PM opens Scion’s new front door - Te Whare Nui o Tuteata
31 March 2021
Scion’s striking innovation building, Te Whare Nui o Tuteata, was today officially opened by the Prime Minister, Rt Hon Jacinda Ardern, Minister of Research, Science & Innovation, Hon Dr Megan Woods and 500 guests, heralding a new era in Scion’s evolution.
The building name “Te Whare Nui o Tuteata” was gifted by Ngā Hapū e Toru who hold mana over the whenua. The name acknowledges the mana of the tupuna Tuteata, from whom Ngā Hapū e Toru descend and the connection to the whenua, Tītokorangi.
Scion, a Crown Research Institute, has been the centre of New Zealand’s forestry sector for over 70 years. The opening of Te Whare Nui o Tuteata today is the next step in Scion’s growth, as the organisation steps forward to support New Zealand to solve some of its most pressing issues through innovation in manufacturing, energy and sustainable land-use.
Scion Chair Dr Helen Anderson says the opening today is a big part of the institute’s redevelopment: “We are at a defining point for New Zealand, with the potential for forestry to fuel a bio-based and sustainable economy. Scion’s work has the potential to power the transformation that New Zealand is making as we look to meet our climate change commitments, build our economy back better, and improve environmental and social outcomes.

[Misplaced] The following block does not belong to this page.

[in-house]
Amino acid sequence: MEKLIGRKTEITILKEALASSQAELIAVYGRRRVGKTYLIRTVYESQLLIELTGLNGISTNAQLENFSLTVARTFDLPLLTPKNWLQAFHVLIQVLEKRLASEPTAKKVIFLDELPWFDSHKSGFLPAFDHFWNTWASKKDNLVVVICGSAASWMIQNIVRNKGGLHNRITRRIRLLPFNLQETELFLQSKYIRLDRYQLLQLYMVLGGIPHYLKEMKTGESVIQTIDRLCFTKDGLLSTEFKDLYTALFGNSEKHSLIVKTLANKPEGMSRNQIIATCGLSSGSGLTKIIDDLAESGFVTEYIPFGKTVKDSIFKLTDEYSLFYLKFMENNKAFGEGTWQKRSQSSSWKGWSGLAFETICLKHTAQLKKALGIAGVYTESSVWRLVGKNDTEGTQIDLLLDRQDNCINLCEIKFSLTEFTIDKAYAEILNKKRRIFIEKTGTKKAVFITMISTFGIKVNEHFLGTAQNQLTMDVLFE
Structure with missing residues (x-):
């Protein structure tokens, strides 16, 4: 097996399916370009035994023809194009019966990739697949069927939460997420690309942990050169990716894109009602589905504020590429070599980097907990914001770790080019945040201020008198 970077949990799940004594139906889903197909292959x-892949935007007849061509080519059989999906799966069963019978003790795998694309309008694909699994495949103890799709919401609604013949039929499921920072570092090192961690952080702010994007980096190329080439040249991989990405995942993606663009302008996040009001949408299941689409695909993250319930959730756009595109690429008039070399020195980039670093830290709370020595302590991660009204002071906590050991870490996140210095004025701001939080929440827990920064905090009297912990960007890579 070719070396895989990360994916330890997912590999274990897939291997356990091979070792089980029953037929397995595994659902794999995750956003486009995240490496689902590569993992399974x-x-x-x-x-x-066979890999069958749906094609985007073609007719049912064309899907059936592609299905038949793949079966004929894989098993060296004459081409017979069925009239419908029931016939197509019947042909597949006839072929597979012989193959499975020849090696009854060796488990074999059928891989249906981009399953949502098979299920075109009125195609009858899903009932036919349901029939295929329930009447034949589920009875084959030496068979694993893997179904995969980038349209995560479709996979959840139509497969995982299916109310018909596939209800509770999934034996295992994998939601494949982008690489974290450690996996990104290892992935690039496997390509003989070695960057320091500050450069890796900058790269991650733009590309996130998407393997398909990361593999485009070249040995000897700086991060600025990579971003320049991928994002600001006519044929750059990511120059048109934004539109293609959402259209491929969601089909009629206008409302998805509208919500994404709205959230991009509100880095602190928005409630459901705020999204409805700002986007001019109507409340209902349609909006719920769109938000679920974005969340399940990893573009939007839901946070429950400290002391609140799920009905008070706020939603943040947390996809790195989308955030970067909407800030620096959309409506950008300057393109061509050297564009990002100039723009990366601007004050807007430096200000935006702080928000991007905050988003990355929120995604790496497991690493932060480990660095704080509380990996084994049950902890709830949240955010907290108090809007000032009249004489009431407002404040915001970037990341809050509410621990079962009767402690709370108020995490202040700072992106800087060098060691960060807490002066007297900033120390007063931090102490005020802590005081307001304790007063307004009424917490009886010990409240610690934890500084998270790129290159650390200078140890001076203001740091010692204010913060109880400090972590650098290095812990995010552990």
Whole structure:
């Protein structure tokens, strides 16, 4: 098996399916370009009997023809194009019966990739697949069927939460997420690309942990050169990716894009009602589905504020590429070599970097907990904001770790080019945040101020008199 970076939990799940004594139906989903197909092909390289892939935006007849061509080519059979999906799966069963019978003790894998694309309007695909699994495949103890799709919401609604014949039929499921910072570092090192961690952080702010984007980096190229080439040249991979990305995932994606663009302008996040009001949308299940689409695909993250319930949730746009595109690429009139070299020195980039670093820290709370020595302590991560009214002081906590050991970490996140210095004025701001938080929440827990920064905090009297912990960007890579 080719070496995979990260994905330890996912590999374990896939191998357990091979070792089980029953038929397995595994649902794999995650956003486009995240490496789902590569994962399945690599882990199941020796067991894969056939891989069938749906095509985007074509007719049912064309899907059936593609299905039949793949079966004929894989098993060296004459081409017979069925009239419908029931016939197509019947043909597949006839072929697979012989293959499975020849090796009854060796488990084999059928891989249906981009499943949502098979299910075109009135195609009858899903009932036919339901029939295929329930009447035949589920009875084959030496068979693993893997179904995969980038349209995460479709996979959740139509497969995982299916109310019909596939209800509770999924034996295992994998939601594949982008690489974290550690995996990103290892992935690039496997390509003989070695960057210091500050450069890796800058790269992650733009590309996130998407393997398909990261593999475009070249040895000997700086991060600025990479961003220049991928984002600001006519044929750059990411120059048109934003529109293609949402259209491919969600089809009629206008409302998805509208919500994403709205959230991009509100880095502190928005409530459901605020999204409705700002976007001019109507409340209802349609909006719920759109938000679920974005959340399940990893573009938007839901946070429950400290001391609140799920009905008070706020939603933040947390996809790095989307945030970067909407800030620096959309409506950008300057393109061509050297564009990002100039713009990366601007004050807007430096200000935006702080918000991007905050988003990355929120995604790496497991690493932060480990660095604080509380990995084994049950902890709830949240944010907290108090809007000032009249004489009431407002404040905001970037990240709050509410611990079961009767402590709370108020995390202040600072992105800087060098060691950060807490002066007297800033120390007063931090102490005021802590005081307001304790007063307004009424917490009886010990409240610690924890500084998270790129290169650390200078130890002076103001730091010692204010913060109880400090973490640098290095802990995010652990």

Te Whare Nui o Tuteata is the ‘front door’ to Scion’s campus – Te Papa Tipu Innovation Park – which is already home to more than 30 different organisations and companies.
Scion Chief Executive Dr Julian Elder says “Te Whare Nui o Tuteata is an example of timber technology and innovative design and construction that has been created through collaboration with New Zealand designers, wood processors and construction firms. This building is a symbol of the powerful connections we foster between Scion, local iwi, government, industry and the local community.”
Te Whare Nui o Tuteata showcases innovative technologies for large buildings in timber – that are climate-friendly, earthquake-resilient, fast and cost effective. The building stores approximately 418 tonnes of CO2-eqv for the life of the building. This is equivalent to the emissions from 160 return flights from Auckland to London. New Zealand’s radiata pine forests can regrow this amount of wood in just 35 minutes – making it truly sustainable.